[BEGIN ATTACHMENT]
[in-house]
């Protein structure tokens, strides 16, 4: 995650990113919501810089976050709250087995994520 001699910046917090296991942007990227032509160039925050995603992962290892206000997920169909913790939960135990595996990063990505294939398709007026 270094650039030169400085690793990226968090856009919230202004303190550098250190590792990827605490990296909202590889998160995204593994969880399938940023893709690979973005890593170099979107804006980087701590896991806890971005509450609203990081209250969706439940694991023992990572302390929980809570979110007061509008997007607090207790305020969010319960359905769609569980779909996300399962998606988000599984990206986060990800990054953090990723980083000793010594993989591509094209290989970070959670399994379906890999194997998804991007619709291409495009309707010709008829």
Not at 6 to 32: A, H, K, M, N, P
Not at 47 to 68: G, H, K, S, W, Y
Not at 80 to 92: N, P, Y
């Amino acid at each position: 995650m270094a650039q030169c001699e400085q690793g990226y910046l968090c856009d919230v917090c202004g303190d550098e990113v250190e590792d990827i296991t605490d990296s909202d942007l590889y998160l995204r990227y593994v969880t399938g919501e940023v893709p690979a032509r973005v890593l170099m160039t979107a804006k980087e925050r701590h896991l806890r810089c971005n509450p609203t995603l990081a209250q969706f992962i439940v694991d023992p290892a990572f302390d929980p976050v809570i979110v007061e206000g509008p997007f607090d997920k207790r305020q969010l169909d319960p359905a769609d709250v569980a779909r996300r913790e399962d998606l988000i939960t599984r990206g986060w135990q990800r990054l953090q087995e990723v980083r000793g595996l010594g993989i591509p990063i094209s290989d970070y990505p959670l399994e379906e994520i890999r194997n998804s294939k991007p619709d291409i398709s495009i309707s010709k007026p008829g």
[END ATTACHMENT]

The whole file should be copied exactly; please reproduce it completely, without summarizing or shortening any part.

[in-house]
């Protein structure tokens, strides 16, 4: 995650990113919501810089976050709250087995994520 001699910046917090296991942007990227032509160039925050995603992962290892206000997920169909913790939960135990595996990063990505294939398709007026 270094650039030169400085690793990226968090856009919230202004303190550098250190590792990827605490990296909202590889998160995204593994969880399938940023893709690979973005890593170099979107804006980087701590896991806890971005509450609203990081209250969706439940694991023992990572302390929980809570979110007061509008997007607090207790305020969010319960359905769609569980779909996300399962998606988000599984990206986060990800990054953090990723980083000793010594993989591509094209290989970070959670399994379906890999194997998804991007619709291409495009309707010709008829």
Not at 6 to 32: A, H, K, M, N, P
Not at 47 to 68: G, H, K, S, W, Y
Not at 80 to 92: N, P, Y
């Amino acid at each position: 995650m270094a650039q030169c001699e400085q690793g990226y910046l968090c856009d919230v917090c202004g303190d550098e990113v250190e590792d990827i296991t605490d990296s909202d942007l590889y998160l995204r990227y593994v969880t399938g919501e940023v893709p690979a032509r973005v890593l170099m160039t979107a804006k980087e925050r701590h896991l806890r810089c971005n509450p609203t995603l990081a209250q969706f992962i439940v694991d023992p290892a990572f302390d929980p976050v809570i979110v007061e206000g509008p997007f607090d997920k207790r305020q969010l169909d319960p359905a769609d709250v569980a779909r996300r913790e399962d998606l988000i939960t599984r990206g986060w135990q990800r990054l953090q087995e990723v980083r000793g595996l010594g993989i591509p990063i094209s290989d970070y990505p959670l399994e379906e994520i890999r194997n998804s294939k991007p619709d291409i398709s495009i309707s010709k007026p008829g």